I know I like things to be smooth and lovely, and I still grind my teeth when there are lots of dreadful obstacles in a (published) book. I wish they didn’t need to happen. Except I know the obstacles are there to pave the way for improvements later. So, you need to have some bad stuff happening. Too smooth is ultimately boring.

A year ago I read someone’s manuscript, and the asked for criticism of what was a very good novel was taken extremely badly. In this case it was someone I don’t see in my daily life, but it was a lesson to be learned. I’m reading a surprisingly similar (in feel, not plot) MS at the moment. I have no need to say anything bad about it, but my heart beats faster, reminding me of last year.

In short (yeah, I know this wasn’t short at all), I may have to change to reading nothing outside mainstream publishing. Flak for money is all very well. Unsalaried flak is a different kettle of fish.

Chicken House at Cornerhouse

Not every book event can be reached by 19-minute train trips from the bottom of my garden. I almost wish they could. So, full marks to Chicken House for coming ‘up north’ in the first place, and second for picking that rather excellent watering hole Cornerhouse as their venue for breakfast on Thursday morning. Good and convenient.

Annexe at Cornerhouse

It was quite nice meeting authors there, too. Melvin Burgess, being one of our token Mancunians, I had not seen since our Christmas dinner, and newbie Fletcher Moss not since that coffee-less morning coffee a couple of months ago. They were the only advertised star turns, but there were more Chicken people present; a fact which had me resorting to stealing. (Sorry.)

Dan Smith

Fletcher introduced me to Dan Smith, whose book I had not thought to bring. So I sort of helped myself to another copy of My Friend the Enemy (out in July) in order that Dan could sign it. I had to lend him my pen – which he actually returned after some further borrowing – but at least he didn’t need to practise his signature. (By the time Fletcher had warned him that I’d head straight home to write all kinds of stuff about everyone, it was too late for Dan.)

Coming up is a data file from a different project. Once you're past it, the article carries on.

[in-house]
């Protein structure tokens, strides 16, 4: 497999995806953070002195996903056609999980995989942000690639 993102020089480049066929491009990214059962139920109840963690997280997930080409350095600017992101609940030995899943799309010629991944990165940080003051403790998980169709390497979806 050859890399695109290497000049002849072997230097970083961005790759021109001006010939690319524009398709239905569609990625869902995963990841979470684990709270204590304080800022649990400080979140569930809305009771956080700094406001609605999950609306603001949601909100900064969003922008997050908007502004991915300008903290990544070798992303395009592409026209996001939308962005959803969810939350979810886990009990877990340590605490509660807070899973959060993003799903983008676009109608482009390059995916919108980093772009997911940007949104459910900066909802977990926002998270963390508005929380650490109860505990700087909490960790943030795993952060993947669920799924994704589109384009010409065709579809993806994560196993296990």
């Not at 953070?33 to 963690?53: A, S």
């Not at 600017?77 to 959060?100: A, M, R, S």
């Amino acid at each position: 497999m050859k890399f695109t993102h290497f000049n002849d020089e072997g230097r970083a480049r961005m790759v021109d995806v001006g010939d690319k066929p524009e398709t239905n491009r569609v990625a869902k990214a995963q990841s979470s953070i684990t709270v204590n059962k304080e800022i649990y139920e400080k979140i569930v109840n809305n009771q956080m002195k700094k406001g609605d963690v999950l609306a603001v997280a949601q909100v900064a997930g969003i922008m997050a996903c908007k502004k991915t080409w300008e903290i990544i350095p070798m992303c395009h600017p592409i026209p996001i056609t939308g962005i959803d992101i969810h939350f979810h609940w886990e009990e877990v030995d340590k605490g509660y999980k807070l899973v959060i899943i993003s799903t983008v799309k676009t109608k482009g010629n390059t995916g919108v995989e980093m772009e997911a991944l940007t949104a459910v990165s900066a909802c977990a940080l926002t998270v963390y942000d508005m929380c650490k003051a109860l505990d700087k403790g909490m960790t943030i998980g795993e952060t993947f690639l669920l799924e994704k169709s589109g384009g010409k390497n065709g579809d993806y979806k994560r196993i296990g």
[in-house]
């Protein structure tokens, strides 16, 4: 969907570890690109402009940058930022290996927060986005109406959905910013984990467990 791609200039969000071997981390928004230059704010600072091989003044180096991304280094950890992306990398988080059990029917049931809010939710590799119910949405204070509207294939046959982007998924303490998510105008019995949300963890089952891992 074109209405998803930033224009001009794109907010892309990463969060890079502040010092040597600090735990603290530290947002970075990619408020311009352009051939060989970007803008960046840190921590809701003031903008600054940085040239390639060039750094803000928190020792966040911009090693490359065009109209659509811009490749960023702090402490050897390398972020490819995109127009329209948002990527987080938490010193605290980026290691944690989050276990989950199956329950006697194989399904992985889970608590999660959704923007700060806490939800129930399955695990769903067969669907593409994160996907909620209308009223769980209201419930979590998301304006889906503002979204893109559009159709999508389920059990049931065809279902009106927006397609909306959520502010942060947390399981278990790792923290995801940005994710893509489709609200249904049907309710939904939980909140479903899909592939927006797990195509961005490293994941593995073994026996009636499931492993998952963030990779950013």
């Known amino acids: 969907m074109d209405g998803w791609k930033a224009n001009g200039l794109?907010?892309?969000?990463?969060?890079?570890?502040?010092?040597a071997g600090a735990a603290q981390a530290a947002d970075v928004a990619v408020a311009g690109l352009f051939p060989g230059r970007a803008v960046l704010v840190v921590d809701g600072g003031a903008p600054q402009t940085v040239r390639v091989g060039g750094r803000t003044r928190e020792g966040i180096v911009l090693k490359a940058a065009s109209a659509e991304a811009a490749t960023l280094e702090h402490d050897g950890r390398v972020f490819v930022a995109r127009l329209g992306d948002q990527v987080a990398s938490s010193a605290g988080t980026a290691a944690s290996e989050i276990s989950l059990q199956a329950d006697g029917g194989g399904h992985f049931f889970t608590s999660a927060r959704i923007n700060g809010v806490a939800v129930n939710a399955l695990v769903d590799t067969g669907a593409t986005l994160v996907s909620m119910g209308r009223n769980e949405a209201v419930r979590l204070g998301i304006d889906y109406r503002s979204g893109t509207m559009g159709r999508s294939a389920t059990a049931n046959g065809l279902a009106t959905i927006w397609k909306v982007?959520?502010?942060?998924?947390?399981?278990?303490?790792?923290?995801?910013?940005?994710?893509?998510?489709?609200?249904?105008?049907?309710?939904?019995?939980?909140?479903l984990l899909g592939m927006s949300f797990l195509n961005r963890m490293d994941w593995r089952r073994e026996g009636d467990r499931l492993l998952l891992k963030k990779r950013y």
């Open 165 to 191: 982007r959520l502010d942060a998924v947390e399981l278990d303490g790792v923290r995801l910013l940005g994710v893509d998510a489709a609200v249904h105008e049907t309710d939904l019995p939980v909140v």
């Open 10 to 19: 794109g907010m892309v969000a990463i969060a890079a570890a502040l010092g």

That was one wonderful breakfast! I have rarely been so well fed at an event. By the time I’d checked out the double buns with sausages on Tony Higginson’s plate (did I mention Formby’s no. 1 bookseller was there?), I noticed Melvin and raised my camera to photograph him, which caused the poor man to pause his sausage bun eating… They had a veggie version too, meaning I could join in, and it was Very Delicious! (Now that I think about it, maybe it was Fletcher who had a double helping. Or someone.)

Melvin Burgess and Barry Cunningham

At this point Barry Cunningham started the chatshow, so the eating had to cease. First Barry told us why children’s books are so good. We knew that already. He mentioned the peculiar fact that it wasn’t raining. Apparently you can’t use the words sunshine and Manchester in the same sentence. Then he talked to Melvin about the background to The Hit, and after that Melvin read the first chapter. (He’d done some research into the willingness of teenagers to sleep with someone who was about to die a virgin…)

Fletcher Moss

Our second Mancunian was Fletcher, who talked about winning a book competition only to have to re-write the whole thing. He read the first chapter of Poison Boy, by which time I had liberated a chair to sit on, right at the back where I could do as I wanted.

Sam Hepburn